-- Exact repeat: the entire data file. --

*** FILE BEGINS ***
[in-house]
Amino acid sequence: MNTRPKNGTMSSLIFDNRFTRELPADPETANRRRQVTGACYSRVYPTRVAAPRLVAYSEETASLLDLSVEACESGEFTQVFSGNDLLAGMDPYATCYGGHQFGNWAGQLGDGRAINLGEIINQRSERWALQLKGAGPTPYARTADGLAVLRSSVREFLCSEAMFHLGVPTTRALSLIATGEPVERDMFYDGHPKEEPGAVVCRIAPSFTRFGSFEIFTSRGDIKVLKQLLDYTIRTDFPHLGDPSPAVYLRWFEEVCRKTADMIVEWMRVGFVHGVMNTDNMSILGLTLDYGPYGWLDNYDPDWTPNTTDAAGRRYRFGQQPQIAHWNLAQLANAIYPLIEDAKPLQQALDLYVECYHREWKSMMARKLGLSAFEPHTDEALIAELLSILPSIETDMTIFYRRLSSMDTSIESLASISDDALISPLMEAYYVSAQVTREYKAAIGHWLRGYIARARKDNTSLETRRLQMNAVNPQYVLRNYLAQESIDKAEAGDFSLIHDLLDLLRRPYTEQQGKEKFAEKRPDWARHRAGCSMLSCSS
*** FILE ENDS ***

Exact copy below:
[in-house]
Amino acid sequence: MNTRPKNGTMSSLIFDNRFTRELPADPETANRRRQVTGACYSRVYPTRVAAPRLVAYSEETASLLDLSVEACESGEFTQVFSGNDLLAGMDPYATCYGGHQFGNWAGQLGDGRAINLGEIINQRSERWALQLKGAGPTPYARTADGLAVLRSSVREFLCSEAMFHLGVPTTRALSLIATGEPVERDMFYDGHPKEEPGAVVCRIAPSFTRFGSFEIFTSRGDIKVLKQLLDYTIRTDFPHLGDPSPAVYLRWFEEVCRKTADMIVEWMRVGFVHGVMNTDNMSILGLTLDYGPYGWLDNYDPDWTPNTTDAAGRRYRFGQQPQIAHWNLAQLANAIYPLIEDAKPLQQALDLYVECYHREWKSMMARKLGLSAFEPHTDEALIAELLSILPSIETDMTIFYRRLSSMDTSIESLASISDDALISPLMEAYYVSAQVTREYKAAIGHWLRGYIARARKDNTSLETRRLQMNAVNPQYVLRNYLAQESIDKAEAGDFSLIHDLLDLLRRPYTEQQGKEKFAEKRPDWARHRAGCSMLSCSS